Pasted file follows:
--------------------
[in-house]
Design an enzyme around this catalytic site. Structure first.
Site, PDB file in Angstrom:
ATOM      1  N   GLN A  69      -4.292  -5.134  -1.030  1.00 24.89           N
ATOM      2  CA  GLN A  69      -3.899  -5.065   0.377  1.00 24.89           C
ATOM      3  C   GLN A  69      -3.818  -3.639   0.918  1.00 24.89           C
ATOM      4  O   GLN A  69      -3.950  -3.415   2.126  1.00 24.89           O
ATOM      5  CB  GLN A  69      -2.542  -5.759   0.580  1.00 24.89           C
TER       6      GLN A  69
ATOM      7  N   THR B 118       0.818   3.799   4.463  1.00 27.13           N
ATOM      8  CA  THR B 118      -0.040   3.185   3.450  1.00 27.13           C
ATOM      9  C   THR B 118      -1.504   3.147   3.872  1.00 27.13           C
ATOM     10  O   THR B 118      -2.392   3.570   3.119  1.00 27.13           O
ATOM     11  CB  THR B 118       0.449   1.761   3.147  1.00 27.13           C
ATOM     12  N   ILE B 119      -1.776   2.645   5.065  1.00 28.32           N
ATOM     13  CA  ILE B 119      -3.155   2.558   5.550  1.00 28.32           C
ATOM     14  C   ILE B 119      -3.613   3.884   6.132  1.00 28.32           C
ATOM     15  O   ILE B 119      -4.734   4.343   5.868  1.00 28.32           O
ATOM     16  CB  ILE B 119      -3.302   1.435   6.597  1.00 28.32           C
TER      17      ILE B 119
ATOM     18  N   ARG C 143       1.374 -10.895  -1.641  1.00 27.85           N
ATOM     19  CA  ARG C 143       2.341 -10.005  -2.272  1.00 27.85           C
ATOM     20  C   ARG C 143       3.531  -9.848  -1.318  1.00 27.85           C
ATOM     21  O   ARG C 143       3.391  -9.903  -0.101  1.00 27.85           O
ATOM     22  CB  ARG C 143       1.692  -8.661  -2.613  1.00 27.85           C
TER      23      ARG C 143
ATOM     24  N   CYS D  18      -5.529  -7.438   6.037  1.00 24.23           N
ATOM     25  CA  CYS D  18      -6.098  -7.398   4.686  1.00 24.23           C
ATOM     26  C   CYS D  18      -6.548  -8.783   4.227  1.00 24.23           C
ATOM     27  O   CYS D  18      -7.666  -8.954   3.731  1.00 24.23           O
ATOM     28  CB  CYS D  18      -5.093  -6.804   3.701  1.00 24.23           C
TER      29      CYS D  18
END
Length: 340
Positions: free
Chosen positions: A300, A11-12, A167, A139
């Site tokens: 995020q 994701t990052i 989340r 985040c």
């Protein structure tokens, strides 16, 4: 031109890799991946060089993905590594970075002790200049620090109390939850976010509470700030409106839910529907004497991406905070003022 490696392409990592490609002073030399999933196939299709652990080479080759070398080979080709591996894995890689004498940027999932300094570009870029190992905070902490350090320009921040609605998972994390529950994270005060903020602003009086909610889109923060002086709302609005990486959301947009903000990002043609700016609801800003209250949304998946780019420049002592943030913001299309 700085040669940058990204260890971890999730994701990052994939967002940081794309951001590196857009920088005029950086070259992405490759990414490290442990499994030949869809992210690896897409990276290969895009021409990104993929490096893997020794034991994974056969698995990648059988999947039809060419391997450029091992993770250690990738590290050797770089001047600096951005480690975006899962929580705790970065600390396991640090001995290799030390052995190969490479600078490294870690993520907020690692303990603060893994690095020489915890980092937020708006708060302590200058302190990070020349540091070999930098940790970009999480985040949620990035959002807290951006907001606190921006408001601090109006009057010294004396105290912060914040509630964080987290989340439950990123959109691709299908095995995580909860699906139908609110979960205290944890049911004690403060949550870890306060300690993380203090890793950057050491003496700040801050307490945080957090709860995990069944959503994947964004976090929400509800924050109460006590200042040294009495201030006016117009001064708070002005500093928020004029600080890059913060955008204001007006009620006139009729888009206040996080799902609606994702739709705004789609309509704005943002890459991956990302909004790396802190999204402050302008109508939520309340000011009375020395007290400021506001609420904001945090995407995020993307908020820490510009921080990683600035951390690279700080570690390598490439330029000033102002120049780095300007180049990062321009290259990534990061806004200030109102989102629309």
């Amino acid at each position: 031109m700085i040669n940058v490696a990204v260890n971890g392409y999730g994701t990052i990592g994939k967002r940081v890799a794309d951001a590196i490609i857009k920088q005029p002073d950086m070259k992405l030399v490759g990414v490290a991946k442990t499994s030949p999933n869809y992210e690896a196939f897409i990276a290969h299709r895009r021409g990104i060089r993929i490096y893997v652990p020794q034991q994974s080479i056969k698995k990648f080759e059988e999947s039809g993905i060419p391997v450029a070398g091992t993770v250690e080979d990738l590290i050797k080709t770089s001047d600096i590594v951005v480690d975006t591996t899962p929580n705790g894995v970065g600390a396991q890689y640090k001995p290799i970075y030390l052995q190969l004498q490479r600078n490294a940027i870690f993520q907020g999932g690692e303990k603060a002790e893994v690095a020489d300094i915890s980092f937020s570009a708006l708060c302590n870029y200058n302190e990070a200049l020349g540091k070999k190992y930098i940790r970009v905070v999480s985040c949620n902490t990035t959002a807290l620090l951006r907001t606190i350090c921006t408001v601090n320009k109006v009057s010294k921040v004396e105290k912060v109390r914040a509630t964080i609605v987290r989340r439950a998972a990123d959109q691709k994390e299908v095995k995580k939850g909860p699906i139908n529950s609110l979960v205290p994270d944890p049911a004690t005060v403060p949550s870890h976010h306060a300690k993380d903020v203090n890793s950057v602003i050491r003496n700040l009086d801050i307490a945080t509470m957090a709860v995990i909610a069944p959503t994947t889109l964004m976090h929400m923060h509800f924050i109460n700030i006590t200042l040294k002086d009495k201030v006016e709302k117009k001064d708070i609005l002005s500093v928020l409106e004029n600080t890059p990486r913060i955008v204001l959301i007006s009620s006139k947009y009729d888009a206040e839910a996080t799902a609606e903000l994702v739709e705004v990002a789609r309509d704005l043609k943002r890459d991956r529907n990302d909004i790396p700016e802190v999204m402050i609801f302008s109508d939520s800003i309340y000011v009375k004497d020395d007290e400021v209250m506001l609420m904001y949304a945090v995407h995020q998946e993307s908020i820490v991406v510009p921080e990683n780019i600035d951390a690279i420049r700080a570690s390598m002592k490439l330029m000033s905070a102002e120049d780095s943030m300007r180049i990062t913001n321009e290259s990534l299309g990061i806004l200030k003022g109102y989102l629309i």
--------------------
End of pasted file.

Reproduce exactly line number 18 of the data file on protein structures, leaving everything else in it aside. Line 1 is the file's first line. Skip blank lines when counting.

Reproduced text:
ATOM     15  O   ILE B 119      -4.734   4.343   5.868  1.00 28.32           O